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Dam Raising?

Actually, there is absolutely no dam raising happening. This is a change in water levels behind the existing and unchanged Coyote Dam. There is no fish passage around Coyote Dam either. While Mendocino Co. supes are ‘studying’ the feasibility of raising Coyote Dam, today’s PD story isn’t about that.

The changes are regulatory changes:

Right now, the flood control storage operating rule curve for water levels behind Coyote Dam require that the water level does not exceed 737.5′ elevation. This means that under the current rules, there must be water releases in anticipation of storm water inflows until April 1st, so as to not exceed that level with storm water inflows. Since the dam was supposedly built primarily as a flood control structure, the first priority during the rainy season is to have enough capacity to hold significant rainfall back. “reign in the rain runoff”, so to speak.

Under the existing rules, after April 1 the reservoir can be managed for water supply, and the water levels can go up to a maximum of 748′ elevation. In the past, this has been filled with late spring rains, even after the flood control levels are maintained as the maximum height until April 1.

However, Sonoma County Water Agency is noting that in the past few years (10+?), significant spring rains have not materialized to fill this water supply pool. Climate change? So, for instance, last year, the Corps of Engineers discharged some 10,000acre feet of water in late winter, in anticipation of spring storms which never materialized, leaving L. Mendocino water levels significantly low. Hence the foundation for last year’s ‘drought’.

What SCWA wants now (and has been lobbying for in D.C. and elsewhere), and is apparently getting with a very quick change in rules by USACE, is to end the rainy season mandate for 737.5′ elevation on March 1st, a full month earlier than the existing rule. This will hopefully allow March rains to be used to help fill the water supply pool (which would now go up to an elevation of 761.8′, rather than the current 748′ max.).

The expectation is that this will allow more water supply storage space earlier in the season, provide more actual supply storage going into the dry season, and increase the ability to store enough water for fall-run Chinook without the kind of release and diversion restrictions imposed by the state regional water board we saw last year.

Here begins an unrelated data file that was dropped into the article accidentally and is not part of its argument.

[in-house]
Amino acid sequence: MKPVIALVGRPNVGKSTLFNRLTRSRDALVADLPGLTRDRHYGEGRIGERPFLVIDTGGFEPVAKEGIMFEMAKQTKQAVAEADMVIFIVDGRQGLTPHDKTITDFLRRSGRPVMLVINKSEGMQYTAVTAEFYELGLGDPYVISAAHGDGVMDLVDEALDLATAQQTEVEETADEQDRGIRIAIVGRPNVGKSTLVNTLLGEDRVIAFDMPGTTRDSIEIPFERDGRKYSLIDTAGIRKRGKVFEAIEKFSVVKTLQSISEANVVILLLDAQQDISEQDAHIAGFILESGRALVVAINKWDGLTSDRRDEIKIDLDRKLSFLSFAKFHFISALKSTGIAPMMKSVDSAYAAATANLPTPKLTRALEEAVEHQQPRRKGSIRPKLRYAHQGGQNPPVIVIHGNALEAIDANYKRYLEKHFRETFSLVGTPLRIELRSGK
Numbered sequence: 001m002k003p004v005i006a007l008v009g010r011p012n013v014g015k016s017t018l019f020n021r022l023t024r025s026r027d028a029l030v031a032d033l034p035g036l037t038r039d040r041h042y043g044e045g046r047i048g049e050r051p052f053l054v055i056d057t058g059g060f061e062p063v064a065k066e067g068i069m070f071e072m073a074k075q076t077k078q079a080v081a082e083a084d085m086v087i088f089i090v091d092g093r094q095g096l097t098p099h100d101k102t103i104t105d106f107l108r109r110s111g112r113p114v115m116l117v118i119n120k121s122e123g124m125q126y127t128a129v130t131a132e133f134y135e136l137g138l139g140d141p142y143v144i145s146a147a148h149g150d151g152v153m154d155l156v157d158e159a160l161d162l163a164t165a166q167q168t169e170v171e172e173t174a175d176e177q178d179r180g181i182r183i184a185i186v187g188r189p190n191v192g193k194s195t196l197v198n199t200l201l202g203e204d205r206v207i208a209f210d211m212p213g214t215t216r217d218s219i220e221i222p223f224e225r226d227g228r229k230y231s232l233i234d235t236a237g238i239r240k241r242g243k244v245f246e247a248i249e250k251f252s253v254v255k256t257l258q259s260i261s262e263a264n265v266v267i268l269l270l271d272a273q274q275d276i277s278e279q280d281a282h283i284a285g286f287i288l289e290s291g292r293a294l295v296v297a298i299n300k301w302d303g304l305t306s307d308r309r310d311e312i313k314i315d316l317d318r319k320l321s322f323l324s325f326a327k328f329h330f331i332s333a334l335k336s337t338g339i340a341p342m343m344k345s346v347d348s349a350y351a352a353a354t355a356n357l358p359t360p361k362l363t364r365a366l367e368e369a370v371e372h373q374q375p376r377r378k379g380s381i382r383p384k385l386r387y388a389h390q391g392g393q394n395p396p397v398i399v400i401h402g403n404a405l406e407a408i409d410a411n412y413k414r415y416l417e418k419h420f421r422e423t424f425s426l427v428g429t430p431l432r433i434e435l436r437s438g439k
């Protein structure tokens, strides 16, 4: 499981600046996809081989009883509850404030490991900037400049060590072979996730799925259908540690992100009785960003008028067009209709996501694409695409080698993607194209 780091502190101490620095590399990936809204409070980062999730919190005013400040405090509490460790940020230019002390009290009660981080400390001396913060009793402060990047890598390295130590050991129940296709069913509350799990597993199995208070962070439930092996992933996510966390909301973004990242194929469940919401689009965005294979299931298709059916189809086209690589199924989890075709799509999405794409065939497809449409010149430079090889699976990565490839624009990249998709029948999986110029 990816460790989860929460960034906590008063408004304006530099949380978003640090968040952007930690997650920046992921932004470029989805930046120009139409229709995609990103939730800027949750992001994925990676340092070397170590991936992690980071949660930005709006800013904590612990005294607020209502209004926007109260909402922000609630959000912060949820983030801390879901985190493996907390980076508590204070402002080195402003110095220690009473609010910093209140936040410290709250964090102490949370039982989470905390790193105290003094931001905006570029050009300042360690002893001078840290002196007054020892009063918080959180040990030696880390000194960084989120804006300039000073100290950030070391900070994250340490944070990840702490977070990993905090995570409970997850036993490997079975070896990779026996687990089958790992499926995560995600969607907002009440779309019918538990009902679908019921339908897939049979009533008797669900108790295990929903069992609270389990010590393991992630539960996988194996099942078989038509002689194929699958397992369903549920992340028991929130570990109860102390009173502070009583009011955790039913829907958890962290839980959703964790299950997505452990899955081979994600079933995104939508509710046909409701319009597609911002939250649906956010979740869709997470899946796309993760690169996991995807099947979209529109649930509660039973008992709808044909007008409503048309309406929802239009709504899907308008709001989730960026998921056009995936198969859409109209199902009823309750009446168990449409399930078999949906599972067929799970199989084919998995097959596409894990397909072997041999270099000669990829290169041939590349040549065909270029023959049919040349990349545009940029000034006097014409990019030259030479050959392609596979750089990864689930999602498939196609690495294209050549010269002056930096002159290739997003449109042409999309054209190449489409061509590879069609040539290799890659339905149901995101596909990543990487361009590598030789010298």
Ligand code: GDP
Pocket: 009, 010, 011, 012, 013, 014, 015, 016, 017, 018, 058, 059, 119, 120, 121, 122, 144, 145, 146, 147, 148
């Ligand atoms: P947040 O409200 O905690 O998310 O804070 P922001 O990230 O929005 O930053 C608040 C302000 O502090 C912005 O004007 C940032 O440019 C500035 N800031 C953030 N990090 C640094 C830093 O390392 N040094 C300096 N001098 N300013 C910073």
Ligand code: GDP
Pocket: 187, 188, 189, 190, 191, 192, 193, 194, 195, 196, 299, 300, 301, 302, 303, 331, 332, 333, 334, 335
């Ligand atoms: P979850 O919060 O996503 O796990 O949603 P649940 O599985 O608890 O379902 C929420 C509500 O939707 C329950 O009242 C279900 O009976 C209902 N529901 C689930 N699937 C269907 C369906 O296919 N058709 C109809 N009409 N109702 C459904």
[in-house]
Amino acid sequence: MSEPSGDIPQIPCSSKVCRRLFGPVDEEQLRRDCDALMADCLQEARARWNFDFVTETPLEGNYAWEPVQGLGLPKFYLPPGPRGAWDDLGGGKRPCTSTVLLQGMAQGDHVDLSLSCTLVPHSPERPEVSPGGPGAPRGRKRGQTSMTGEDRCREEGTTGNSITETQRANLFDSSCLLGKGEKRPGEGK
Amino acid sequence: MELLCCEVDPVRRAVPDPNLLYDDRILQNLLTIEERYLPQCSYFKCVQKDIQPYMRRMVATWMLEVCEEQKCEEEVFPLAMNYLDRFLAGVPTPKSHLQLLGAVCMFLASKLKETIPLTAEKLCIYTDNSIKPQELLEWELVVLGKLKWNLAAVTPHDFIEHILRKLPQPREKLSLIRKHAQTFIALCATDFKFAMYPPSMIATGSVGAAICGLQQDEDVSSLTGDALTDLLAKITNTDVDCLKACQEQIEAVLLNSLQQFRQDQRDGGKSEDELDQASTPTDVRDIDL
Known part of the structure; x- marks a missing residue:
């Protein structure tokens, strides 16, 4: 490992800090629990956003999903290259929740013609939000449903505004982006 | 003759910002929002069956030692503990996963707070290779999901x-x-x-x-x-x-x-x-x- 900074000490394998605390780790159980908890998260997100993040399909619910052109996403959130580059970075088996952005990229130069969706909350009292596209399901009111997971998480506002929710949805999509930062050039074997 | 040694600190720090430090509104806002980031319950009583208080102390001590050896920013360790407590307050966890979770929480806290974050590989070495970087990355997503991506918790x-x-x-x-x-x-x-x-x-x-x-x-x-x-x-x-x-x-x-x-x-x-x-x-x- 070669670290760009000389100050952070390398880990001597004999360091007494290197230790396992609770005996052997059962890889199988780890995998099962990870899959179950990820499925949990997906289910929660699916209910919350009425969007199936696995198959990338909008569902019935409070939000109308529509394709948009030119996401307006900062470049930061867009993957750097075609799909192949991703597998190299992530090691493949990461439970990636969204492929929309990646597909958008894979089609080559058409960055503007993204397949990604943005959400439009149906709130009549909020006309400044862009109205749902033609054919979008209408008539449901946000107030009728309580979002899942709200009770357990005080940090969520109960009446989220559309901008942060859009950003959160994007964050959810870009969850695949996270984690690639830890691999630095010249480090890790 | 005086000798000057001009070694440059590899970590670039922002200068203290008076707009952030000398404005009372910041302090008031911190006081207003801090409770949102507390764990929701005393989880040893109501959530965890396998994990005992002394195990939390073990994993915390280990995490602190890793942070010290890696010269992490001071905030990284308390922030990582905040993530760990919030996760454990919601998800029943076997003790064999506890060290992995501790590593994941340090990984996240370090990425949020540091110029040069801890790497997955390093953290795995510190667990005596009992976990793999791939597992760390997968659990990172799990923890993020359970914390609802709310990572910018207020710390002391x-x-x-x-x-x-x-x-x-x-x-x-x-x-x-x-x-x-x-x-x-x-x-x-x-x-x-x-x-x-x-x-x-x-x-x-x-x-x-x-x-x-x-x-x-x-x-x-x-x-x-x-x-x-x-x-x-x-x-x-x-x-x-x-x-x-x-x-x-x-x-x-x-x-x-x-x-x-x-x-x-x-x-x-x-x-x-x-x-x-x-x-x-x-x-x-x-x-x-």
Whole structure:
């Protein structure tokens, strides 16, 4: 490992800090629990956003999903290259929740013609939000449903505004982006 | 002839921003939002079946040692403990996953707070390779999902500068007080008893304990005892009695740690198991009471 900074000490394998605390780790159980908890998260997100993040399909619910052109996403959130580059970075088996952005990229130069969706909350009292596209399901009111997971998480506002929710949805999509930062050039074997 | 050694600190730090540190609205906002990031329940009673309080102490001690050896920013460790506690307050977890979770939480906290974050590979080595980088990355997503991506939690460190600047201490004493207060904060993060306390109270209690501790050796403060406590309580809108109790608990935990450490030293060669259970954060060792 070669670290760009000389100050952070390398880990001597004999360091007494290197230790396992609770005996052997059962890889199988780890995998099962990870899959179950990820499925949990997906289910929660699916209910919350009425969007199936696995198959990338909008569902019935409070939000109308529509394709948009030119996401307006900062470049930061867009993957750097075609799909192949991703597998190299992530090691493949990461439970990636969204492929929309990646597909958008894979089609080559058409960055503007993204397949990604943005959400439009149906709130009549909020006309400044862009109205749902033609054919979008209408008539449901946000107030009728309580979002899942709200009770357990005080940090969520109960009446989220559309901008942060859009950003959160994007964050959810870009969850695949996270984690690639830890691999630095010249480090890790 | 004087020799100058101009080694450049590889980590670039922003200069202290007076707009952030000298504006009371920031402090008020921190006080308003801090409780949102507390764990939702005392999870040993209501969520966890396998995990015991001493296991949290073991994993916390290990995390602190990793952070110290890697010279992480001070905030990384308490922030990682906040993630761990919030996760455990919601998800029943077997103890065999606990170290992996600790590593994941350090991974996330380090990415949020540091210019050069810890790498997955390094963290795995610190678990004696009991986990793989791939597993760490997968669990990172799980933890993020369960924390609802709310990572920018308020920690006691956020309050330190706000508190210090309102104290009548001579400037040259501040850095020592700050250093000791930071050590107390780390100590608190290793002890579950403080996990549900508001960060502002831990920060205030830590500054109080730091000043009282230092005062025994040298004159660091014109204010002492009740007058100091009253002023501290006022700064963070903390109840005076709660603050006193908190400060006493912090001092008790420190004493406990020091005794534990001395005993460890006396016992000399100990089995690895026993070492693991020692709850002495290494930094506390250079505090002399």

One of the issues for the Army Corps, however, is that the campgrounds on the lake are among their most popular sites of any USACE reservoir facility in the west. The higher water levels would flood a bunch of them and perhaps some access roads. USACE is very unhappy about that.

Also, the Redwood Valley Water District, which buys ‘surplus’ water from SCWA’s storage in L. Mendocino, has an inlet pipe that cannot be reached by water when the lake drops significantly, as it did last year. Bad design. So they are very happy with this increase in storage elevation levels.

It will be very interesting to see what happens to the geology in the area: There is apparently a significant increase in earthquakes caused by excess weight of water when the lake is raised higher than the existing summertime 748′ elevation.

As far as fish passage beyond Coyote Dam further up the East Branch Russian River, nothing is changed. The fish either have to grow wings, or make do with what they have. Or sit at the base of the dam and become food for pikeminnow.

FOER continues to advocate that Lake Mendocino fill on its own watershed, and that the PVP diversions cease. Southern Mendocino, Sonoma and Marin will just have to do a better job of using what they’ve got, without depending on the annual bailout of the overappropriated Russian River with Eel River subsidies. Fish passage up to the Potter Valley would be great.

David Keller
FOER